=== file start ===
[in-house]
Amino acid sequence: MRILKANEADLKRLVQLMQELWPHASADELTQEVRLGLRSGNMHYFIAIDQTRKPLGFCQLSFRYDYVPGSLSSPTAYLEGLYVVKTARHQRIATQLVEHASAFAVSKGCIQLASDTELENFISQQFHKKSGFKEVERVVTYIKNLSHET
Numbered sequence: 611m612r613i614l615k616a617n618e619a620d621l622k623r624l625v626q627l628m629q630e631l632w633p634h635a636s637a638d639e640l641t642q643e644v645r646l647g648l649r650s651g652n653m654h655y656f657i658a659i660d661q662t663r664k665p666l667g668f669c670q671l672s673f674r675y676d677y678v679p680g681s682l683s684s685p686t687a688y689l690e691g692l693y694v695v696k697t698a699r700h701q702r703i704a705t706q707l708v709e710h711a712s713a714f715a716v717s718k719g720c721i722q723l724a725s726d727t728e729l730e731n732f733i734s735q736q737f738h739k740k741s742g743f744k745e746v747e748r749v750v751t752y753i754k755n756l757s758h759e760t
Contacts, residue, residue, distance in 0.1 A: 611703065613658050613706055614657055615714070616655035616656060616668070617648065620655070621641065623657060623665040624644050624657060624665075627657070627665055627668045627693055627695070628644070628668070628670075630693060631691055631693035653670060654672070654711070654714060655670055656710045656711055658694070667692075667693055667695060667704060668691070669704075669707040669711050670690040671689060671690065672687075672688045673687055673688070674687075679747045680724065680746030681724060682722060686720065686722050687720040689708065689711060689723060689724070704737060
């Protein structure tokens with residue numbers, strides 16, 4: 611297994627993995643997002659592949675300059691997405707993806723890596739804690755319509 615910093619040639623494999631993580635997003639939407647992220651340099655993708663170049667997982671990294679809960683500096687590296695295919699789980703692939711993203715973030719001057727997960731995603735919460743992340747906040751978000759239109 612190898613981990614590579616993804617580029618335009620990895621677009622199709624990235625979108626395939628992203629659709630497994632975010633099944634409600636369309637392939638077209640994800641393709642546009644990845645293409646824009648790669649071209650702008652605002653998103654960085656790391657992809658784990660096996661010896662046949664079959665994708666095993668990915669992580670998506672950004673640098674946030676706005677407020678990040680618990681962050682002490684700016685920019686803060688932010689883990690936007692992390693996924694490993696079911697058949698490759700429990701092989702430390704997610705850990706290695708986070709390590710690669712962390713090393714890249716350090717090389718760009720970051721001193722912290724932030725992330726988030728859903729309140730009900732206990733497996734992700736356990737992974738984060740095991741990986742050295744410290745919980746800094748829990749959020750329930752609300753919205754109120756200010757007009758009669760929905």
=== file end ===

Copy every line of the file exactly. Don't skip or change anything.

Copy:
[in-house]
Amino acid sequence: MRILKANEADLKRLVQLMQELWPHASADELTQEVRLGLRSGNMHYFIAIDQTRKPLGFCQLSFRYDYVPGSLSSPTAYLEGLYVVKTARHQRIATQLVEHASAFAVSKGCIQLASDTELENFISQQFHKKSGFKEVERVVTYIKNLSHET
Numbered sequence: 611m612r613i614l615k616a617n618e619a620d621l622k623r624l625v626q627l628m629q630e631l632w633p634h635a636s637a638d639e640l641t642q643e644v645r646l647g648l649r650s651g652n653m654h655y656f657i658a659i660d661q662t663r664k665p666l667g668f669c670q671l672s673f674r675y676d677y678v679p680g681s682l683s684s685p686t687a688y689l690e691g692l693y694v695v696k697t698a699r700h701q702r703i704a705t706q707l708v709e710h711a712s713a714f715a716v717s718k719g720c721i722q723l724a725s726d727t728e729l730e731n732f733i734s735q736q737f738h739k740k741s742g743f744k745e746v747e748r749v750v751t752y753i754k755n756l757s758h759e760t
Contacts, residue, residue, distance in 0.1 A: 611703065613658050613706055614657055615714070616655035616656060616668070617648065620655070621641065623657060623665040624644050624657060624665075627657070627665055627668045627693055627695070628644070628668070628670075630693060631691055631693035653670060654672070654711070654714060655670055656710045656711055658694070667692075667693055667695060667704060668691070669704075669707040669711050670690040671689060671690065672687075672688045673687055673688070674687075679747045680724065680746030681724060682722060686720065686722050687720040689708065689711060689723060689724070704737060
């Protein structure tokens with residue numbers, strides 16, 4: 611297994627993995643997002659592949675300059691997405707993806723890596739804690755319509 615910093619040639623494999631993580635997003639939407647992220651340099655993708663170049667997982671990294679809960683500096687590296695295919699789980703692939711993203715973030719001057727997960731995603735919460743992340747906040751978000759239109 612190898613981990614590579616993804617580029618335009620990895621677009622199709624990235625979108626395939628992203629659709630497994632975010633099944634409600636369309637392939638077209640994800641393709642546009644990845645293409646824009648790669649071209650702008652605002653998103654960085656790391657992809658784990660096996661010896662046949664079959665994708666095993668990915669992580670998506672950004673640098674946030676706005677407020678990040680618990681962050682002490684700016685920019686803060688932010689883990690936007692992390693996924694490993696079911697058949698490759700429990701092989702430390704997610705850990706290695708986070709390590710690669712962390713090393714890249716350090717090389718760009720970051721001193722912290724932030725992330726988030728859903729309140730009900732206990733497996734992700736356990737992974738984060740095991741990986742050295744410290745919980746800094748829990749959020750329930752609300753919205754109120756200010757007009758009669760929905």